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My tanks are over 37 year old steel. Use about half of the fuel load in an average boating season. I've never put anything in them other than #2 diesel. Pulled the tanks once about 15 years ago for cleaning and they had a small amount of sludge in the bottom, but nothing to worry about. If you live in a warm water climate, then you may want to use a Biocide.

Fuel polishing is a better option than pouring snake oil in your tanks. In cool water climates, keep the tanks full and don't add anything to the fuel. It's not necessary and a waste of your money.
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Old 08-13-2014, 09:37 AM   #9
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Diesel Additives - Practical Sailor Article
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Old 08-13-2014, 09:46 AM   #10
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On the advice of friends and acquaintences in the marine diesel manufacturing industry, we have always used two additives in our fuel. ......... THe other was a Hammonds lubricity additive .........
A big X2 on the lubricity additive, especially if you are running a newer common rail engine with a high pressure fuel pump. The enviro-activists have forced oil companies to remove so much of the sulfur from US diesel that it barely has more lubricity now than gasoline. There is a growing trend of HPFP failures (mostly the Bosch CP4) on recent model diesel trucks/cars that have been shown to be related to the poor SCAR rating of present #2 diesel available in the US. When the HPFP grenades on a truck engine, its north of $10k to replace pump, flush lines, tanks, and rebuild/replace injectors, etc.

I've been adding Stanadyne in my truck/boat/equipment/generator fuel since I became aware of this issue. If memory serves, independent testing showed that Stanadyne improved the SCAR rating better than most additives other than running high levels of biodiesel.
FWIW....
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Old 08-13-2014, 09:51 AM   #11
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We use Diesel Guard which is the additive in Valvtech anytime we have a question or doubt as to the quality of fuel we might have received. We don't use it on fuels which already contain it or similar.
Take a look at this product. I used it with good results on a 140' I was engineering on.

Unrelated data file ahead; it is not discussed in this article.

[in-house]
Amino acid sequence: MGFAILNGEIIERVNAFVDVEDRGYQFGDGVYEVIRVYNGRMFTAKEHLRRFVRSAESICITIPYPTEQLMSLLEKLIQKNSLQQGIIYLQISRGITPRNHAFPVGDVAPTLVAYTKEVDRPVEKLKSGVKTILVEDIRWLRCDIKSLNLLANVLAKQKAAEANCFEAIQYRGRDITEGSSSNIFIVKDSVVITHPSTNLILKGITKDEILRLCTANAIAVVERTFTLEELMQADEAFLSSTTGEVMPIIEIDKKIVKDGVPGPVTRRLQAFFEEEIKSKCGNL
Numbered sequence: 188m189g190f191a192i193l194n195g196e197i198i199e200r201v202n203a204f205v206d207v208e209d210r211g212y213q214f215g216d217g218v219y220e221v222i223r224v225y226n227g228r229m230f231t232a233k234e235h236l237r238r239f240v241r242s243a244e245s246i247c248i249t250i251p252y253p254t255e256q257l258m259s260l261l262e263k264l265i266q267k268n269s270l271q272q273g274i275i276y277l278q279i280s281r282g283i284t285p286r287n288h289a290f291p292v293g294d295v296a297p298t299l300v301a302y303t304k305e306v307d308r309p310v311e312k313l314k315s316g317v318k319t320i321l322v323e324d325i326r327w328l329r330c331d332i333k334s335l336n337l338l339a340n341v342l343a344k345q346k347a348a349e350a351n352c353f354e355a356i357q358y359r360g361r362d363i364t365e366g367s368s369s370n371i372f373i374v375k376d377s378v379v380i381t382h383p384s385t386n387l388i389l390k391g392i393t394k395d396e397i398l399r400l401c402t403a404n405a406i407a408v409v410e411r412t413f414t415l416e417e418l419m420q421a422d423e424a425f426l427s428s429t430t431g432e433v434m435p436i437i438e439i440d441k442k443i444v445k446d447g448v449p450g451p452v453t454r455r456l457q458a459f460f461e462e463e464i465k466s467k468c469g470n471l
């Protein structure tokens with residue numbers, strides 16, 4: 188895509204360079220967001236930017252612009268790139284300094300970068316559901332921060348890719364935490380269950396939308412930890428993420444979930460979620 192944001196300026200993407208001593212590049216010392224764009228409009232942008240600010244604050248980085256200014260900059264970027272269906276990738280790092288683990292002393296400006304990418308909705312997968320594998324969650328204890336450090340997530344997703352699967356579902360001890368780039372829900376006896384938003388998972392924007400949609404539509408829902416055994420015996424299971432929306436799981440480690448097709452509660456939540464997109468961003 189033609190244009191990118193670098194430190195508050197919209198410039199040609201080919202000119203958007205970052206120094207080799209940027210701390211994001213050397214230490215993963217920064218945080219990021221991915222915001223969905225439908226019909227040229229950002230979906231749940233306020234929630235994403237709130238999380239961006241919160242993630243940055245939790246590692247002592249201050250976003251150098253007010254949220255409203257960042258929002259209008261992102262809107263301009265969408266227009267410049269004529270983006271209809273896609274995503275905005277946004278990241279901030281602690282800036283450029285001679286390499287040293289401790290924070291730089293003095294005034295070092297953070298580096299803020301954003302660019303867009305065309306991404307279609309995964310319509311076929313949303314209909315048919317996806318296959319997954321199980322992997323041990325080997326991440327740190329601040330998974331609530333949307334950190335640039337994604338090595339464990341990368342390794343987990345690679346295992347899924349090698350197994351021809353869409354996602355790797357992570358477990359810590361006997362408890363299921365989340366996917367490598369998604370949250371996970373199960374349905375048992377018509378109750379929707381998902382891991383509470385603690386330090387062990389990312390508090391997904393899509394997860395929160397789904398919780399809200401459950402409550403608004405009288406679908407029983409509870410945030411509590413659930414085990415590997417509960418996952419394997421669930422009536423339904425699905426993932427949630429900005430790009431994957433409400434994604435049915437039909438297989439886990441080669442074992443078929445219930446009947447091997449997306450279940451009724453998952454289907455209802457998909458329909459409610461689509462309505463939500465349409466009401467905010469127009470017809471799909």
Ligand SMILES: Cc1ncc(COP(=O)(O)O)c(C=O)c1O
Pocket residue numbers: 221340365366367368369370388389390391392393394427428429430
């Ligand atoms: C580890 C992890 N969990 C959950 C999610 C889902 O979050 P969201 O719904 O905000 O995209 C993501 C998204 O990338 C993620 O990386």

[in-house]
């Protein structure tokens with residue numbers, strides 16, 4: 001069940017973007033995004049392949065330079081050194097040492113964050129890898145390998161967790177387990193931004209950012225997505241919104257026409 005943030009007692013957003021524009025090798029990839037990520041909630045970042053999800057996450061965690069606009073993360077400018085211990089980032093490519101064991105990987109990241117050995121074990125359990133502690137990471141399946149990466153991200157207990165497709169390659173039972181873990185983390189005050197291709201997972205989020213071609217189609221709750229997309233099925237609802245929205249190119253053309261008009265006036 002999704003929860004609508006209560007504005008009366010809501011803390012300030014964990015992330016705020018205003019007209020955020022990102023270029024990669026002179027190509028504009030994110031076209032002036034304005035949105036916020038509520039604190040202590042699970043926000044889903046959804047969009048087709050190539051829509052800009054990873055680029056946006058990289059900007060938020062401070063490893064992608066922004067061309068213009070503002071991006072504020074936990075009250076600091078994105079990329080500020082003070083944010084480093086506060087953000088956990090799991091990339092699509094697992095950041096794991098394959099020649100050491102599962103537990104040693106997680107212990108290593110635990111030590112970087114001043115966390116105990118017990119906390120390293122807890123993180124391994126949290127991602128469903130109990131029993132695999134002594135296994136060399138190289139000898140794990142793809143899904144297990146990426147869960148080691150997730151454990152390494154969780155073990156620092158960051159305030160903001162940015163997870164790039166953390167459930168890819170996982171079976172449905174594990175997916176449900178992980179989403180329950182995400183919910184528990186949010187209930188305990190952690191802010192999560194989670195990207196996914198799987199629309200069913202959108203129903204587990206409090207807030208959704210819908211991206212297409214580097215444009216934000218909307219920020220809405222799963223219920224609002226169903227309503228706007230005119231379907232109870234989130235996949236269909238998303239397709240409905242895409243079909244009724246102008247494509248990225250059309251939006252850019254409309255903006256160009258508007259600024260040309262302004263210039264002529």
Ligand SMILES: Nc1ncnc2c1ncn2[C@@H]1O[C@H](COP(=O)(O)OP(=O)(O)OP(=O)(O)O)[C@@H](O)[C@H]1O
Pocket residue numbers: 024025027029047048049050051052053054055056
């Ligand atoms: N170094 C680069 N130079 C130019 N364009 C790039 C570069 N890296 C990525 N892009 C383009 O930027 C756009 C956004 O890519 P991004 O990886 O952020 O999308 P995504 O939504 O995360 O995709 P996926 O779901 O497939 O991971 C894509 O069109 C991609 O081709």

GO2 |* GO2 Yacht Superyacht & Marine Fuel Additive |*GO2 Global Yachting | Diesel Fuel Additive
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Old 08-13-2014, 11:13 AM   #12
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WOW, that is some pricey stuff. The GO2
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Old 08-13-2014, 11:24 AM   #13
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Marin,
100% correct advice on fuel.
I also have stainless tanks and drain any water when doing the monthly engine room gearbox/battery/general check, thousands of sea miles, never changed a filter at sea or broke down.
Then again it could be down to the luck of the Irish !
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Old 08-13-2014, 11:26 AM   #14
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I used additives in my GMC diesel because the pump, made by Stanadyne, needs sulfur for lubrication. I tried everything, even bought Stanadynes brand by the case. All I can say about that product is it's a pretty good cetane boost and at that not the best but the IP's failed in less than 8,000 miles, sometimes 6,000. I think it sucks as a lubricant.

All the real unbiased testing I have found shows plant oils lubricate best especially castor bean oil. Here in the US finding that is almost impossible. All the additive makers insist on fossil oil refinements that I have seen. This means bio diesel added in is the best solution and even as low as 2% plant based diesel will lubricate.

Biobor is all I use. The new ULSD is fine. I'm going over six years with no additive in my GMC and the same IP. Save your money on the snake oil.
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Old 08-13-2014, 11:31 AM   #15
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WOW, that is some pricey stuff. The GO2
15.5 cents per gallon of diesel. Now the manufacturer's standpoint would be that by reducing consumption by 10% it saves you effectively 40 cents per gallon for a net reduction of 25 cents per gallon even considering the product cost. I don't know if that works out in reality or not.

Bill, has it reduced consumption in your experience?

We recently have been following Dauntless and some were concerned about them having a single engine and no wing. However, even though we do have twins we still haven't ever seen that as the major concern. They are far more likely to have fuel problems than to have an engine fail. So, for those of us who do venture out a bit, anything that reduces our possibility of fuel problems is worth considering. We do have fuel polishers. Guess while some might obsess or have a little paranoia about collisions at sea and others about pirates, I would be more likely to be paranoid regarding fuel.